Electron microscopy: The morphology of the mitochondria was assessed using an electron microscope (JEOL 1200 EX2, Japan). The procedures were done according to the method of Rajapakse et al, [16]. In brief, samples were fixed in 2.5% glutaraldehyde then washed three times for 10 min each with 0.1M Millonig phosphate buffer, followed by post-fixation for 1 h in 2% (w/v) osmium tetroxide. Samples were then washed 3 times for 10 minutes each with buffer followed by dehydration in a graded series of ethanol solutions (25%, 50%, 85%, 95%, and 100%) for 10min each. Samples were further dehydrated twice for 10 minutes each in propylene oxide and infiltrated for 2h in a 1:1 mixture of propylene oxide and purr-resin, then overnight in a 1:2 mixture of propylene oxide and purr-resin. Finally, the samples were infiltrated in pure purr-resin for 6h before embedding and curing at 70 0C overnight. Electron microscopy was performed using a JEOL 1200 EX2, Japan transmission electron microscope.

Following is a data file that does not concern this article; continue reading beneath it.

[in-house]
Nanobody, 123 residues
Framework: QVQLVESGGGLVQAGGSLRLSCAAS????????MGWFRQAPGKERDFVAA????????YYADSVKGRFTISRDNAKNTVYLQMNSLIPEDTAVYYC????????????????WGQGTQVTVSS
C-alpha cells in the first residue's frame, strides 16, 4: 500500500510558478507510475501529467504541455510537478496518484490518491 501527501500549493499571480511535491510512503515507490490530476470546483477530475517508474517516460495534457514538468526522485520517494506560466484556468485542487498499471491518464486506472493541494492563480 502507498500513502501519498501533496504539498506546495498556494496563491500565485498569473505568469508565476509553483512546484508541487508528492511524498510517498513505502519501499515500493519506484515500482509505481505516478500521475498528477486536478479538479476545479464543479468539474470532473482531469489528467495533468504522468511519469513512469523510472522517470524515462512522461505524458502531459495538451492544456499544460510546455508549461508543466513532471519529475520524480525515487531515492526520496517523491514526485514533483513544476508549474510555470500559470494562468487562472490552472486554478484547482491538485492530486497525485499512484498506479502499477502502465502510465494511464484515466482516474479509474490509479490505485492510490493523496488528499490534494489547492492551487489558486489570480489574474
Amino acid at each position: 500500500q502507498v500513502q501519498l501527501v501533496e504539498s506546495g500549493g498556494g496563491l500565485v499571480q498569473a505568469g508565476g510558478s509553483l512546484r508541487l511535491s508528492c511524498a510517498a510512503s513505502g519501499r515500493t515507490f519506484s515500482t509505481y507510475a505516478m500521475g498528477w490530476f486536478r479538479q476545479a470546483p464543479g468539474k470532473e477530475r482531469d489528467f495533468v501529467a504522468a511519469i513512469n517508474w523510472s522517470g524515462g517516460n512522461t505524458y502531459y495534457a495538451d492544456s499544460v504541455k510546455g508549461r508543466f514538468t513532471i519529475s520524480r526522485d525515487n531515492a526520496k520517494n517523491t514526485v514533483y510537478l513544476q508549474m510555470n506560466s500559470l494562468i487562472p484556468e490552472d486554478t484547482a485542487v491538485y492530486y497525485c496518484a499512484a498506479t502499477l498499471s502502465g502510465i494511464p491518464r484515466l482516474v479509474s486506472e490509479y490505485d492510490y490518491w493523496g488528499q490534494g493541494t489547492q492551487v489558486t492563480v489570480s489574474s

Flow cytometry of mitochondrial superoxide: Double staining of mitochondria was performed according to Spallarossa et al. [17]. For evaluation of mitochondrial ROS production, we loaded the isolated heart mitochondria with the fluorescent probes H2DCF- DA and Mito-Tracker Red CM-H2XRos, respectively. Briefly, six isolated rat hearts from each group (both LETO and OLETF) were manually homogenized, using medium fitting glass-teflon Potter- Elvehjem homogenizer in mitochondrial isolation buffer (MIB). The resultant homogenate was centrifuged at 1500xg for 5minutes at 4 0c. The supernatant was centrifuged again at 10,000xg for 10minutes and the mitochondria-enriched pellet was resuspended in mitochondrial isolation buffer. Mitochondria were labeled by the addition of Mito-Tracker Red CMXRos to the suspended mitochondrial pellet (100nM final concentration; Molecular Probes, Eugene, OR) and H2DCF-DA was added to final concentration of 5|iM according to manufacturer's recommendation. The mixture was incubated for 10min in the dark at room temperature, and then fluorescence was measured by flow cytometry analysis with a FACS-SCAN apparatus (FACSCalibur; BD Biosciences, USA).